Seven Days in the Art World
By Sarah Thornton
Granta, October 2008, £15.99
Seven Days in the Art World is a slightly misleading title. The book doesn’t cover a continuous week, but takes place over seven disparate days, during which Sarah Thornton attends seven very different contemporary art events. It’s a testament to Thornton’s skill as a narrator that she’s able to combine these distinct facets into a coherent account that’s informative and entertaining, and that never feels weighted down by her five years of research.
Opening with a vignette of a Christie’s auction in New York in 2004, and ending with a chapter on last year’s Venice Biennale, this is a portrait of the art world during the peak of its boom years, marked by crazily escalating prices and levels of hype. Thornton visits the annual Basel art fair, the Turner Prize awards ceremony in London, and the Tokyo studios of superstar-artist Takashi Murakami. She also, as an alternative to such glittering occasions, attends a student seminar at a Los Angeles art school and drops by the New York offices of Artforum magazine.
Thornton has a doctorate in sociology and the most engaging parts of the book are when she’s describing human relationships and social hierarchies: Murakami lording it in first class during a plane journey while fawning museum curators sit back in economy; dealers desperately competing for the best location for their booth at Basel; the sneering condescension of established collectors towards arriviste ‘speculators’. As a ‘statusphere’ — Thornton borrows the word from Tom Wolfe — the art world revolves around these sorts of rituals of power and authority. Sometimes it’s Thornton herself on the receiving end: when she asks a friend of Turner Prize-nominated Rebecca Warren to help broker an interview with the sculptor, Thornton gets told: ‘She doesn’t need to talk to you. She’s going to win anyway!’(In fact, painter Tomma Abts wins.)
Fortunately others are more forthcoming. Each event is interwoven with conversations with art world players, some of whom are surprisingly upfront: Nick Serota quietly criticizing previous Turner Prize juries for not choosing enough women winners, for instance; Amy Cappellazzo, a Christie’s codirector, advising on the kind of works that sell well at auction (blue or red paintings, not brown ones, is the first rule). Though, it has to be said, many interviewees are much more circumspect; or, alternatively, tend to endlessly spout vacuous art-speak.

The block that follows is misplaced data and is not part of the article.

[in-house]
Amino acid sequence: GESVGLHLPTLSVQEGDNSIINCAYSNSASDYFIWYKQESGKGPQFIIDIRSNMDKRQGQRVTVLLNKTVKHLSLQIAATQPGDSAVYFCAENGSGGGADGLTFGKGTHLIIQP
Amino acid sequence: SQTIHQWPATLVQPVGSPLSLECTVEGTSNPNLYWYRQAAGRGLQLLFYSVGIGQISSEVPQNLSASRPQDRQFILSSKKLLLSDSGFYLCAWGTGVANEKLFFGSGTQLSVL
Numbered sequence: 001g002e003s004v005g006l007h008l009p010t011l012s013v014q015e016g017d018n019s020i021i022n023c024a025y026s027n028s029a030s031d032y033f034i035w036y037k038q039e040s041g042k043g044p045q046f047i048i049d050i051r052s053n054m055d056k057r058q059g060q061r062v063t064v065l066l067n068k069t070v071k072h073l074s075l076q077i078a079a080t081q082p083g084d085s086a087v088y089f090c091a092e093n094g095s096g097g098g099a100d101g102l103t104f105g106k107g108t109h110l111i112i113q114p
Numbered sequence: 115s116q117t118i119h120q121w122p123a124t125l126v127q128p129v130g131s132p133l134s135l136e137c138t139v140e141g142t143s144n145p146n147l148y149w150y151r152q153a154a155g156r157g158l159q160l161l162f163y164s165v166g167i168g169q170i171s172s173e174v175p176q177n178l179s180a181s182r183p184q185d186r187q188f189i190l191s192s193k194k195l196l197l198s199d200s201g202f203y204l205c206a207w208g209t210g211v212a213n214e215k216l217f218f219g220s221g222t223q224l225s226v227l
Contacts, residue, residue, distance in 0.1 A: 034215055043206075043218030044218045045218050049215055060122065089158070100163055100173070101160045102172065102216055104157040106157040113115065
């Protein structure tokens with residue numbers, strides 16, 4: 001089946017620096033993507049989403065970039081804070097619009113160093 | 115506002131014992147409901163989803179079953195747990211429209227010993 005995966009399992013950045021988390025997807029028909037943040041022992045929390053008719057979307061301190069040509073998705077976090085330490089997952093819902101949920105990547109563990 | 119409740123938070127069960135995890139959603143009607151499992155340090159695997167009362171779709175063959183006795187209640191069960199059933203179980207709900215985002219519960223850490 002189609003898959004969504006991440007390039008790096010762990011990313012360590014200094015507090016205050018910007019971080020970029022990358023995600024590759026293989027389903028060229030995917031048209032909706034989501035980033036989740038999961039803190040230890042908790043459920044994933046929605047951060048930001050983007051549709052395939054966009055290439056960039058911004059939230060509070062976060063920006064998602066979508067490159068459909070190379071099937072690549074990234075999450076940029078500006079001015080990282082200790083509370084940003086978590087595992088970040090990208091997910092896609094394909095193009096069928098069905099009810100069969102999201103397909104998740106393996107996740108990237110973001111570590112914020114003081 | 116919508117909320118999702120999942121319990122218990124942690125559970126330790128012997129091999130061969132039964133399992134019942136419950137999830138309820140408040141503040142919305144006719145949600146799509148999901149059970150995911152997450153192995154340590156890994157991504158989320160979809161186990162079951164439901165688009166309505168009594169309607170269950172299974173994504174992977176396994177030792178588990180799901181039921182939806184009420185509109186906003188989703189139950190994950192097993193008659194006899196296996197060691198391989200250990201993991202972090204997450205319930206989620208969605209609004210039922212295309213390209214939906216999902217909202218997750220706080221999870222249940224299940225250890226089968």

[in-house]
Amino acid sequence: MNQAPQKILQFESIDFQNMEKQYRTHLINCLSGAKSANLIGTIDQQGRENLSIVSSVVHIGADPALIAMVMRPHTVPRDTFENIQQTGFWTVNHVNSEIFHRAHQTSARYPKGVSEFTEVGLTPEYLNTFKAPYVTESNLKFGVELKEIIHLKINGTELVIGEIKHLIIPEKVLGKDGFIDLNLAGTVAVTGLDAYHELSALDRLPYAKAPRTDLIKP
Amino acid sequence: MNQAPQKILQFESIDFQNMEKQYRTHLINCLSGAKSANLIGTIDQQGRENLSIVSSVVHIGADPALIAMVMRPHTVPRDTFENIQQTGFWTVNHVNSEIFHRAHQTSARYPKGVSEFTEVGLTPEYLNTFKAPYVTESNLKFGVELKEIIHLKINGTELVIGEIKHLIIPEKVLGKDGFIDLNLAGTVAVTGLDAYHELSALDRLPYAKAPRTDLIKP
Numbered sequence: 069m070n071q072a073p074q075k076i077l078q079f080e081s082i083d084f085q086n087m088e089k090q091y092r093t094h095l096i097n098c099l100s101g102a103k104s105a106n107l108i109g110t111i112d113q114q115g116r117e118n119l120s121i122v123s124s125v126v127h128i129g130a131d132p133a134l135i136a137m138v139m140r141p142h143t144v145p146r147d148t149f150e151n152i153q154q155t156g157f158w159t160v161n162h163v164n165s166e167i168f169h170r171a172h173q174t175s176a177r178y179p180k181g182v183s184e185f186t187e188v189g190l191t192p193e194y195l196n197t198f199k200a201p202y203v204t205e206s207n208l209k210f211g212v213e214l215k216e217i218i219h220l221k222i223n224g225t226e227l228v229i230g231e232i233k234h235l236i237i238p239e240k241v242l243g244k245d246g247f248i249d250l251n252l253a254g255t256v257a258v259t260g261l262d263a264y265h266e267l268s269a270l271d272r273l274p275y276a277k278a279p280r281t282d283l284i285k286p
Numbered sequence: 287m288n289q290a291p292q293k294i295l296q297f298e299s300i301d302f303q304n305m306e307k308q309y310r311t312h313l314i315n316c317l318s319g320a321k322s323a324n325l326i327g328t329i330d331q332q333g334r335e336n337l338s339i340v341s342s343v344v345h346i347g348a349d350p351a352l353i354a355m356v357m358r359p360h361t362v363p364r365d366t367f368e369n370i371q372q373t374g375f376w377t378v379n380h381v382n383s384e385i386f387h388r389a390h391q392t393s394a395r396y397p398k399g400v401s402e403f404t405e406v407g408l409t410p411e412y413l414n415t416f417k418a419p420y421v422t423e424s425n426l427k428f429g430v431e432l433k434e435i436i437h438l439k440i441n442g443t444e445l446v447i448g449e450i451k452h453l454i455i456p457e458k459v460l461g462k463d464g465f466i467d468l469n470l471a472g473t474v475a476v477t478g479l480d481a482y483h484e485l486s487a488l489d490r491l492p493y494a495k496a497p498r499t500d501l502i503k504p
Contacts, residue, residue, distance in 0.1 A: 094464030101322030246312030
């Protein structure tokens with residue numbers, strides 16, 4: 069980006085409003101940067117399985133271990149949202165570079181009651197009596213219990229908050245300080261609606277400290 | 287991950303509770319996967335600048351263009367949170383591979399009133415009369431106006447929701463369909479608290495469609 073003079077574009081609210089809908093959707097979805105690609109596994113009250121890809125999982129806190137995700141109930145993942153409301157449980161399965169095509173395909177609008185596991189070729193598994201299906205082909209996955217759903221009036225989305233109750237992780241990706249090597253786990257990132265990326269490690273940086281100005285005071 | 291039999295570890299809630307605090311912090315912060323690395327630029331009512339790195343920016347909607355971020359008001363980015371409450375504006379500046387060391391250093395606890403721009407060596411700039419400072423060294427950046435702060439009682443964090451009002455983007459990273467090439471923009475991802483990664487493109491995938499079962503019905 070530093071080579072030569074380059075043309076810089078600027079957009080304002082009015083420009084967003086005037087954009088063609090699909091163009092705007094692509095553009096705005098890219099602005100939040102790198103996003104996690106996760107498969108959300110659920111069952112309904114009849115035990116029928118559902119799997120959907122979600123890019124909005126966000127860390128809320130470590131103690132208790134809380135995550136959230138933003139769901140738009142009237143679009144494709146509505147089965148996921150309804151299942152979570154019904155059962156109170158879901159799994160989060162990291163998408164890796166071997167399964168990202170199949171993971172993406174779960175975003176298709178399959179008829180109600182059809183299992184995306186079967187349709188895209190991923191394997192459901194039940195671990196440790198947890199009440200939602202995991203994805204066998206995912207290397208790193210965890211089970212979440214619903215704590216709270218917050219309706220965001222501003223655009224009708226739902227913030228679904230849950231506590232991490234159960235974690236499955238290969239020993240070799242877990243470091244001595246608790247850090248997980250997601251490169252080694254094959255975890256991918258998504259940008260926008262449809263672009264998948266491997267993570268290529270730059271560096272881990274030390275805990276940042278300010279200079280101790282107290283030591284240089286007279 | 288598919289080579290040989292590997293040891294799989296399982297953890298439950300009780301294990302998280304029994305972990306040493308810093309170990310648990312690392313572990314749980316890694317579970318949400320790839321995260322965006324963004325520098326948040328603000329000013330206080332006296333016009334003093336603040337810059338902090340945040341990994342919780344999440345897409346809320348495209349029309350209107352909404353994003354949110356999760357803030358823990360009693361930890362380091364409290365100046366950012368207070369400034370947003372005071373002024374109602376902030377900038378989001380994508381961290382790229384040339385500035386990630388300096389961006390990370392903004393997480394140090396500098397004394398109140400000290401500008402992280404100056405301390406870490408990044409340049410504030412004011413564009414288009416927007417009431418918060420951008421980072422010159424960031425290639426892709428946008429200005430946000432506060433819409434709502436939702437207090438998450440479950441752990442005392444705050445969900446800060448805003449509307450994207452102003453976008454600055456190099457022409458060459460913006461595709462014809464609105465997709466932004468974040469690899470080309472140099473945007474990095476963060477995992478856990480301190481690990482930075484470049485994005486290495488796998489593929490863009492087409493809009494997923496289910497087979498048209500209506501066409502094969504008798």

Still, for a casual overview of how the international art scene operates, in all its ruthless, eccentric, spectacular glory, Seven Days in the Art World is hard to beat. Apart from a few omissions — no mention of the explosion in Chinese contemporary art, for example — Thornton manages to evoke this giddy global circuit well, with its merry-go-round of bi- and triennials, its perpetually itinerant curators and artists. In particular, she captures the atmosphere of fraught, febrile excitement that accompanies such unprecedentedly vast sums of money — where every auction and fair breaks previous sales records, but where dealers can be heard anxiously whispering about how the bubble has to burst sometime.
As it turns out, they’re right. While Seven Days in the Art World could have been written at almost any time during the past decade, it has the misfortune to be published in what’s suddenly a completely different economic climate. Although nobody really knows yet how the art market will fare, Thornton’s book already seems rather dated — not that that’s her fault, of course.
What is her fault, though, is the rather superficial tone that runs throughout the book. While she carefully notes all the peripheral details — the clothes people wear, the cars they drive, the kind of desk Serota has in his office — the art itself tends to get skated over too briefly, as if it was merely an adjunct to the real business of selling — which to be fair, is how a quite a few of the dealers seem to regard it.
For this reason, the most interesting chapter in the book is the one set in the Artforum offices — not only because it’s one of the few times when the value of art, beyond its commodity status, is considered; but also because it reflects on what Thornton herself is doing: writing about art. During a conversation with Thomas Crow, a regarded art historian and critic, a comment gets made that functions as an indictment of Thornton’s book as a whole: bemoaning the art world’s cult of personality, Crow states that ‘there has to be a space between you and the people that you’re writing about, so you’re not just echoing the situation you’re trying to analyze.’.
It’s this distance that Thornton’s own writing lacks. Although she’s not writing art criticism as such, Seven Days in the Art World could have done with being more opinionated and analytic; more, well, critical. As it is, Thornton gives the impression of sharing the art world’s values too fully. There’s too much respect given to the personalities she interviews, too many questions that go begging — about how the art market shapes art historical importance, for instance; or about the effect of the endless biennial circuit on the kind of art that gets made. Without these sorts of issue being explored, there’s little sense of why any of this art stuff should actually matter in the first place.